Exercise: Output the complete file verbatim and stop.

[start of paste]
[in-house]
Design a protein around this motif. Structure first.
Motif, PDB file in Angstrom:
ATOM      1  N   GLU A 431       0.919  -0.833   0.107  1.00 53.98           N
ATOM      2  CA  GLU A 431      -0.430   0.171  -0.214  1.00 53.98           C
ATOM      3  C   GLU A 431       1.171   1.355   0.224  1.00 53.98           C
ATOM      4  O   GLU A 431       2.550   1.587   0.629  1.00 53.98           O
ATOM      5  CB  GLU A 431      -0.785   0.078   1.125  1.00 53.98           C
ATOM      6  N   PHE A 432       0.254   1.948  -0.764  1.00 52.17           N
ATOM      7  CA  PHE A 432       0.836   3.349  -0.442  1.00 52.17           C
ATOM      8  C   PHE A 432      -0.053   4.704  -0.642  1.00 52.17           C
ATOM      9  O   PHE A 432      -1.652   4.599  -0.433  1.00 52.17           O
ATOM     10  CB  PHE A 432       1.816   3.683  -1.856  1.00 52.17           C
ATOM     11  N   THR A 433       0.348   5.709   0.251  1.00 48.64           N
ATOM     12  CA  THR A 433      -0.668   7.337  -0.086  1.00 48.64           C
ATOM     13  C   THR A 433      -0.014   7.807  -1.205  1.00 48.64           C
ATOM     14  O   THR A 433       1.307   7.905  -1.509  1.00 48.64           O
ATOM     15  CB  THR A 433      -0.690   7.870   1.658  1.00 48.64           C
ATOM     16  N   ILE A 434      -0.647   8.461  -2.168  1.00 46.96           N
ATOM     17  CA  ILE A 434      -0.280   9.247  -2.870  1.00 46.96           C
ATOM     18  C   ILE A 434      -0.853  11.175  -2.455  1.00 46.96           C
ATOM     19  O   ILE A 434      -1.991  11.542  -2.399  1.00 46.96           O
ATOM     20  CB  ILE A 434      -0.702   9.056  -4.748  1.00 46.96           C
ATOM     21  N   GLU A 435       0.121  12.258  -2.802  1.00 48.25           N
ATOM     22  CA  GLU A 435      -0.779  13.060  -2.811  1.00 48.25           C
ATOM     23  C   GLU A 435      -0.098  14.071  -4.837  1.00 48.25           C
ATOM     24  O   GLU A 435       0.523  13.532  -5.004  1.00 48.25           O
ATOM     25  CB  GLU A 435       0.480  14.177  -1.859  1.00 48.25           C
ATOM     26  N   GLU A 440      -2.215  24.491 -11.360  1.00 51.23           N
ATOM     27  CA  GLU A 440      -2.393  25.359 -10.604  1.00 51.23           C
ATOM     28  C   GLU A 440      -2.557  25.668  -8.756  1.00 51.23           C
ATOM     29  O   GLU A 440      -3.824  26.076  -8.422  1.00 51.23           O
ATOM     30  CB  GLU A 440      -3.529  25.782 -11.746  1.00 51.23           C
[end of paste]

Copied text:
[in-house]
Design a protein around this motif. Structure first.
Motif, PDB file in Angstrom:
ATOM      1  N   GLU A 431       0.919  -0.833   0.107  1.00 53.98           N
ATOM      2  CA  GLU A 431      -0.430   0.171  -0.214  1.00 53.98           C
ATOM      3  C   GLU A 431       1.171   1.355   0.224  1.00 53.98           C
ATOM      4  O   GLU A 431       2.550   1.587   0.629  1.00 53.98           O
ATOM      5  CB  GLU A 431      -0.785   0.078   1.125  1.00 53.98           C
ATOM      6  N   PHE A 432       0.254   1.948  -0.764  1.00 52.17           N
ATOM      7  CA  PHE A 432       0.836   3.349  -0.442  1.00 52.17           C
ATOM      8  C   PHE A 432      -0.053   4.704  -0.642  1.00 52.17           C
ATOM      9  O   PHE A 432      -1.652   4.599  -0.433  1.00 52.17           O
ATOM     10  CB  PHE A 432       1.816   3.683  -1.856  1.00 52.17           C
ATOM     11  N   THR A 433       0.348   5.709   0.251  1.00 48.64           N
ATOM     12  CA  THR A 433      -0.668   7.337  -0.086  1.00 48.64           C
ATOM     13  C   THR A 433      -0.014   7.807  -1.205  1.00 48.64           C
ATOM     14  O   THR A 433       1.307   7.905  -1.509  1.00 48.64           O
ATOM     15  CB  THR A 433      -0.690   7.870   1.658  1.00 48.64           C
ATOM     16  N   ILE A 434      -0.647   8.461  -2.168  1.00 46.96           N
ATOM     17  CA  ILE A 434      -0.280   9.247  -2.870  1.00 46.96           C
ATOM     18  C   ILE A 434      -0.853  11.175  -2.455  1.00 46.96           C
ATOM     19  O   ILE A 434      -1.991  11.542  -2.399  1.00 46.96           O
ATOM     20  CB  ILE A 434      -0.702   9.056  -4.748  1.00 46.96           C
ATOM     21  N   GLU A 435       0.121  12.258  -2.802  1.00 48.25           N
ATOM     22  CA  GLU A 435      -0.779  13.060  -2.811  1.00 48.25           C
ATOM     23  C   GLU A 435      -0.098  14.071  -4.837  1.00 48.25           C
ATOM     24  O   GLU A 435       0.523  13.532  -5.004  1.00 48.25           O
ATOM     25  CB  GLU A 435       0.480  14.177  -1.859  1.00 48.25           C
ATOM     26  N   GLU A 440      -2.215  24.491 -11.360  1.00 51.23           N
ATOM     27  CA  GLU A 440      -2.393  25.359 -10.604  1.00 51.23           C
ATOM     28  C   GLU A 440      -2.557  25.668  -8.756  1.00 51.23           C
ATOM     29  O   GLU A 440      -3.824  26.076  -8.422  1.00 51.23           O
ATOM     30  CB  GLU A 440      -3.529  25.782 -11.746  1.00 51.23           C